This October, we recognize National Disability Employment Awareness Month. This gives us an opportunity to reflect and ask: are hiring practices overlooking an untapped talent pool? Is the process subject to systematic loss of a certain type of candidate? If so, what solutions exist for talent acquisition professionals to help widen the lens? Today, we discuss a key cohort: the neurodiverse community.
Untapped value: recognizing the advantages of the differently-abled
To address how traditional hiring practices are prone to gaps in identifying talent, let’s start with the interview. Historically, the interview has been a face-to-face experience, and for many roles and hiring managers, the effort is effectively an extended conversation. Those who do well are the individuals who make eye contact with ease, who enjoy small talk, and who can present themselves comfortably when they are the lone person in a spotlight.
That process therefore favors candidates who are naturally more social, able to monitor their self-presentation in real-time, and who thrive with the back and forth of spoken communication. But who’s at a disadvantage? One answer: individuals who are not neurotypical. Job candidates who have a diagnosis of Autistic Spectrum Disorder (ASD) are a diverse group. For those who are higher functioning, no intellectual delay is observed. Instead, challenges tend to fall into the social and sensory realms. Many individuals with ASD are not naturally well-suited to sitting largely motionless in the company of another person while having to improvise questions and answers. Their patterns of making eye contact in these situations are often atypical, and may even be seen as rude by a layperson. They may engage in repetitive movements that could similarly be judged as poor decorum by an unsuspecting hiring manager.
Finding the right fits for Autistic Spectrum Disorder
Despite these types of roadblocks, an individual with ASD could be an excellent choice to fill certain roles. For example, they often have a marked ability to focus on a repetitive task. A neurotypical person may spend more mental energy on social concerns -- what should I say next? Why did Kevin ask that, and what did he really mean? Does Monisha know about what happened before? While those interpersonal musings work well for certain settings and tasks, there can be value in slimming all that down and simply focusing on an objective, whether it be writing lines of code or collecting test data alone in the field. For common roles in high-volume hiring settings, there are several ways in which a worker with ASD could be a great choice, such as logging quality control metrics or stocking shelves. Roles that require focus, individual work, and/or adherence to protocols can be good fits for ASD, while those that involve extensive collaboration, communication, and long-term planning may be less so.
Given this underutilized value, how can employers create pathways for neurodiversity in the workplace? With personality data, organizations enjoy the benefit of an additional metric with which to understand a candidate. Notably, that information speaks to the everyday demands of the role. Traitify’s personality assessment, for example, provides unbiased insights about sociability (or lack thereof), organization, pragmatism, and preferences, among others. Altogether, this previously absent store of information can help candidates who may have otherwise escaped notice.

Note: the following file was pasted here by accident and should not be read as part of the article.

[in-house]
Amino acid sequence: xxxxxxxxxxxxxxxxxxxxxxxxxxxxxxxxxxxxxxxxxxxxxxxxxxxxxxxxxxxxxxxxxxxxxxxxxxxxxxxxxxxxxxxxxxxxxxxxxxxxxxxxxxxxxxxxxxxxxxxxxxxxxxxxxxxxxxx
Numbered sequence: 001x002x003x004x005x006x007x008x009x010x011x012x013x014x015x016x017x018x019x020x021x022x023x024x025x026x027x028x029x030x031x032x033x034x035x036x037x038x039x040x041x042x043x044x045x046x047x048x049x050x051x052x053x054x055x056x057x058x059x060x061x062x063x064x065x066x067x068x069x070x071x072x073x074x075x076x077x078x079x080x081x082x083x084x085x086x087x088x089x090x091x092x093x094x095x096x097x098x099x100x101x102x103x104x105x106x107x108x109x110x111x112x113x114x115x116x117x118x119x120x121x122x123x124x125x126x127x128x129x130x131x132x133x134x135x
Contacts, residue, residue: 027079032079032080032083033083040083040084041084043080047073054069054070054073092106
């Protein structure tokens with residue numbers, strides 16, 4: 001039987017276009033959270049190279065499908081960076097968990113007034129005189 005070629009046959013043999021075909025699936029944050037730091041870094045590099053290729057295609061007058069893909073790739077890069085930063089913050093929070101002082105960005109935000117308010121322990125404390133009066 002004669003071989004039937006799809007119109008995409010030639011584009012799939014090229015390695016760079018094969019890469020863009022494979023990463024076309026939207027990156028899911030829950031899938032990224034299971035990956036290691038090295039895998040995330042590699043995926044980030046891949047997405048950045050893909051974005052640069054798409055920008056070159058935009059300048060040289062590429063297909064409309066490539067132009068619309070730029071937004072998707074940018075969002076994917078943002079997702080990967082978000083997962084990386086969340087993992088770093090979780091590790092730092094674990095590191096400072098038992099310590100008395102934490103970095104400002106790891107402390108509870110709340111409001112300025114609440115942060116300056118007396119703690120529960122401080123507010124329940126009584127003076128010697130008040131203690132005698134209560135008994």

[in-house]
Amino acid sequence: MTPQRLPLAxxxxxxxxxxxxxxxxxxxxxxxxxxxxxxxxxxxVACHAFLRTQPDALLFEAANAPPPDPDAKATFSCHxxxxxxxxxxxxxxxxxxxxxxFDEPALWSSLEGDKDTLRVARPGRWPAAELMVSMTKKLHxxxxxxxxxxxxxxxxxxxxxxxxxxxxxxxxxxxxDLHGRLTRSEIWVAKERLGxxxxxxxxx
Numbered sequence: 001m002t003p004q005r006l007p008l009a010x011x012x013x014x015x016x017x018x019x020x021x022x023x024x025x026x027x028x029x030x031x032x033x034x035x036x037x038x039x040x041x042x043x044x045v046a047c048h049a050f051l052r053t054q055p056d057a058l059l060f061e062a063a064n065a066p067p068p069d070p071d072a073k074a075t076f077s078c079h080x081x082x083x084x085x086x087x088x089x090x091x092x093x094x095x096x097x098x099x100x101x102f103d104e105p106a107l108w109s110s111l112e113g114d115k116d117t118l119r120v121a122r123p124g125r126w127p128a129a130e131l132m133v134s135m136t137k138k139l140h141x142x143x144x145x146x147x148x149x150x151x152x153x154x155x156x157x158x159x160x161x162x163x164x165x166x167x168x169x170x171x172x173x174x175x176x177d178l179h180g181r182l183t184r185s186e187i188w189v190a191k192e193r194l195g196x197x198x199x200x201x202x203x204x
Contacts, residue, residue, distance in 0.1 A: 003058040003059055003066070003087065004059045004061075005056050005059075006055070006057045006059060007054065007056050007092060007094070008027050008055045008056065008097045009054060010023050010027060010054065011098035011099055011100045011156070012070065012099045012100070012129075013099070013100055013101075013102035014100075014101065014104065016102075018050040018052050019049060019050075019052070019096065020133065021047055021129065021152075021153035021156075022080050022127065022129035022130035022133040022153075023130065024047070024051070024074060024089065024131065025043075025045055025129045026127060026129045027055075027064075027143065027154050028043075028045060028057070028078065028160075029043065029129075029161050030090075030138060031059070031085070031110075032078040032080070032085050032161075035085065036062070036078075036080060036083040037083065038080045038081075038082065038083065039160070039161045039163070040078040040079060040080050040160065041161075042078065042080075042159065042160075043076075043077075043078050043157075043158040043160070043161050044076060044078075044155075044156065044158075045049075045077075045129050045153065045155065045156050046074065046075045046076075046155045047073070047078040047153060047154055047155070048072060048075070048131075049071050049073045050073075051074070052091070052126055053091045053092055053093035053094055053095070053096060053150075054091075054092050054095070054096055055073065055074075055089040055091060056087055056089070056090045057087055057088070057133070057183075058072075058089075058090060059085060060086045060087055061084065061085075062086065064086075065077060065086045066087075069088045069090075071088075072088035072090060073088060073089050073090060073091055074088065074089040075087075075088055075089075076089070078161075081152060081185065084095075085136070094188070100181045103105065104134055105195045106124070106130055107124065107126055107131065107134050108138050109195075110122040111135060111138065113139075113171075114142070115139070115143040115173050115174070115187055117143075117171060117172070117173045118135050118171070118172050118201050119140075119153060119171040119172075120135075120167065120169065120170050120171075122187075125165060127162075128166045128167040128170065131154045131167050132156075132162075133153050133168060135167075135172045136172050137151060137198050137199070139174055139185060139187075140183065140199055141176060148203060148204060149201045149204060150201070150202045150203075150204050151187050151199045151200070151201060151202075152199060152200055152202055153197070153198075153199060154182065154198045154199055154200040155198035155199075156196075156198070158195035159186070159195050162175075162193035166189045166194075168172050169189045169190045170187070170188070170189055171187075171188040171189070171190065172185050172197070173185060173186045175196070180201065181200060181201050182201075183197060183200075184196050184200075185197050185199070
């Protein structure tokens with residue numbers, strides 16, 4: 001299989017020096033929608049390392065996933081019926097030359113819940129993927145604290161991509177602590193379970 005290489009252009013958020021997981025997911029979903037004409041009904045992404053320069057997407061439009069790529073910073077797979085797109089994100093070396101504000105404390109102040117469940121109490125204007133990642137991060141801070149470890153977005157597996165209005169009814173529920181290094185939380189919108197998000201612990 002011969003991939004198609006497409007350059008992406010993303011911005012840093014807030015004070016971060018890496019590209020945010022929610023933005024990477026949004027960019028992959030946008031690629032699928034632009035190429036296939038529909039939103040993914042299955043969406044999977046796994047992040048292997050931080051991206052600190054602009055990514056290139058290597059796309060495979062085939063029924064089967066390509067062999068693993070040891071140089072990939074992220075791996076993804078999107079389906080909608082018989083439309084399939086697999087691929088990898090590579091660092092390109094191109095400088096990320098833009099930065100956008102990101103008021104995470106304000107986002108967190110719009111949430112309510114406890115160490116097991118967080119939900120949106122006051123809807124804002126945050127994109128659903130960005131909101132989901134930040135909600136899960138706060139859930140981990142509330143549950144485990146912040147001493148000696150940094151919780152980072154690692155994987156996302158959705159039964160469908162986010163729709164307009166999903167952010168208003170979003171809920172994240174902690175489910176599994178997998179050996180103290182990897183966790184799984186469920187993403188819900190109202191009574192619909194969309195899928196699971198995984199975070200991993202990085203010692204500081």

Beyond the job offer
Personality data also helps employers understand how to navigate employee engagement once a person is on the job. An individual with ASD is more likely to be a poor fit for engagement that involves frequent group outings outside of work hours, for example, or participating in a large group discussion in person. In contrast, these workers can experience considerable career growth if the process is tailored to their skillset and needs. That might mean indirect feedback channels the employee accesses on-demand, increasing productivity goals as an incentive, or even social engagement that’s a better fit, like a small-group hike rather than happy hour.
Relatedly, accommodations in the workplace will enhance the ASD worker’s experience (and value). Advocacy organization Autism Speaks has compiled an employment toolkit with advice for employers and workers themselves. Awareness among supervisors and coworkers is an important step. Other accommodations can be customized. Ideas include making it clear how to prioritize tasks over the workday, and receiving advance notice of meetings that require an ASD individual to provide information to others. In general, employers should avoid situations that require a worker to gauge the social cues of another person and make adjustments as they go. It’s helpful to be aware that individuals with ASD may show deficits in what we call “Executive Function,” which includes planning, inhibitory control, self-monitoring, and others.
An enriching blend of talents
Overall, talent acquisition professionals in high-volume hiring who see their hires more as numbers than as individuals are susceptible to costly drop-offs with one-size-fits-all operations. The use of personality assessments at an organization helps raise awareness of the value of diversity in who we are and how we experience the world. With accessible routes to rapid data capture like Traitify’s assessment solution, there’s really no reason to skip a customized approach. Savvy, data-driven employers get the most out of their people by remembering they are people, whether that’s with inclusive recruitment or recognizing the unique needs and potential of each person on the payroll.
Looking for an unbiased assessment solution to attract, select, and engage a diverse team? Try Traitify.